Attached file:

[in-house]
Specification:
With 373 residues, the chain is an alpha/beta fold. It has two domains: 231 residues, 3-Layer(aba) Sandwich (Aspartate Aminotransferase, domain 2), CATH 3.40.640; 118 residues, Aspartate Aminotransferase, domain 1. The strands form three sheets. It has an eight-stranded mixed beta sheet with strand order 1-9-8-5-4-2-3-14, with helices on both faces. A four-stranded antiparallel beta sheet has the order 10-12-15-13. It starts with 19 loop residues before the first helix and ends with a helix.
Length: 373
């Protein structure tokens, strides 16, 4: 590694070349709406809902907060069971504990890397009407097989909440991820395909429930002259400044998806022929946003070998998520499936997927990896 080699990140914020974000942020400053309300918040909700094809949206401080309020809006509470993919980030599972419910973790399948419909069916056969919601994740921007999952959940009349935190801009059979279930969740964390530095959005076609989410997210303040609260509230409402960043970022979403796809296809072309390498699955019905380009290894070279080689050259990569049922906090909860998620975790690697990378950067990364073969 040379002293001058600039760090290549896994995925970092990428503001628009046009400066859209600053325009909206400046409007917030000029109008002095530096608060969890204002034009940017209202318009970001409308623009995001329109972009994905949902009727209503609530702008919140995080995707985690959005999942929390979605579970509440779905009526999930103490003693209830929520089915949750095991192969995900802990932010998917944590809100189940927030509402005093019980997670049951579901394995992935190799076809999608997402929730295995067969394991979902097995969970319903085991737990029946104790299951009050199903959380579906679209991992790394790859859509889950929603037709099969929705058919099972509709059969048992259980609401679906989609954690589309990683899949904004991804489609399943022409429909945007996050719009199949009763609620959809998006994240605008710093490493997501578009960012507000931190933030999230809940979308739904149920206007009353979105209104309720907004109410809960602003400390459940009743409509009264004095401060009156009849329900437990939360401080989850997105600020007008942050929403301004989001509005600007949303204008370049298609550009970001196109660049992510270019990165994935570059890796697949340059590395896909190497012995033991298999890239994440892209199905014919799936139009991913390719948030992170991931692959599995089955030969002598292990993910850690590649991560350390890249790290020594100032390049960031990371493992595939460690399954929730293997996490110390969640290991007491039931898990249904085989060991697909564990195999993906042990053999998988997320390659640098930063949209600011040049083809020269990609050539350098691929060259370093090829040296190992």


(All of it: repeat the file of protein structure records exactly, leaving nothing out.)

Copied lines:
[in-house]
Specification:
With 373 residues, the chain is an alpha/beta fold. It has two domains: 231 residues, 3-Layer(aba) Sandwich (Aspartate Aminotransferase, domain 2), CATH 3.40.640; 118 residues, Aspartate Aminotransferase, domain 1. The strands form three sheets. It has an eight-stranded mixed beta sheet with strand order 1-9-8-5-4-2-3-14, with helices on both faces. A four-stranded antiparallel beta sheet has the order 10-12-15-13. It starts with 19 loop residues before the first helix and ends with a helix.
Length: 373
């Protein structure tokens, strides 16, 4: 590694070349709406809902907060069971504990890397009407097989909440991820395909429930002259400044998806022929946003070998998520499936997927990896 080699990140914020974000942020400053309300918040909700094809949206401080309020809006509470993919980030599972419910973790399948419909069916056969919601994740921007999952959940009349935190801009059979279930969740964390530095959005076609989410997210303040609260509230409402960043970022979403796809296809072309390498699955019905380009290894070279080689050259990569049922906090909860998620975790690697990378950067990364073969 040379002293001058600039760090290549896994995925970092990428503001628009046009400066859209600053325009909206400046409007917030000029109008002095530096608060969890204002034009940017209202318009970001409308623009995001329109972009994905949902009727209503609530702008919140995080995707985690959005999942929390979605579970509440779905009526999930103490003693209830929520089915949750095991192969995900802990932010998917944590809100189940927030509402005093019980997670049951579901394995992935190799076809999608997402929730295995067969394991979902097995969970319903085991737990029946104790299951009050199903959380579906679209991992790394790859859509889950929603037709099969929705058919099972509709059969048992259980609401679906989609954690589309990683899949904004991804489609399943022409429909945007996050719009199949009763609620959809998006994240605008710093490493997501578009960012507000931190933030999230809940979308739904149920206007009353979105209104309720907004109410809960602003400390459940009743409509009264004095401060009156009849329900437990939360401080989850997105600020007008942050929403301004989001509005600007949303204008370049298609550009970001196109660049992510270019990165994935570059890796697949340059590395896909190497012995033991298999890239994440892209199905014919799936139009991913390719948030992170991931692959599995089955030969002598292990993910850690590649991560350390890249790290020594100032390049960031990371493992595939460690399954929730293997996490110390969640290991007491039931898990249904085989060991697909564990195999993906042990053999998988997320390659640098930063949209600011040049083809020269990609050539350098691929060259370093090829040296190992």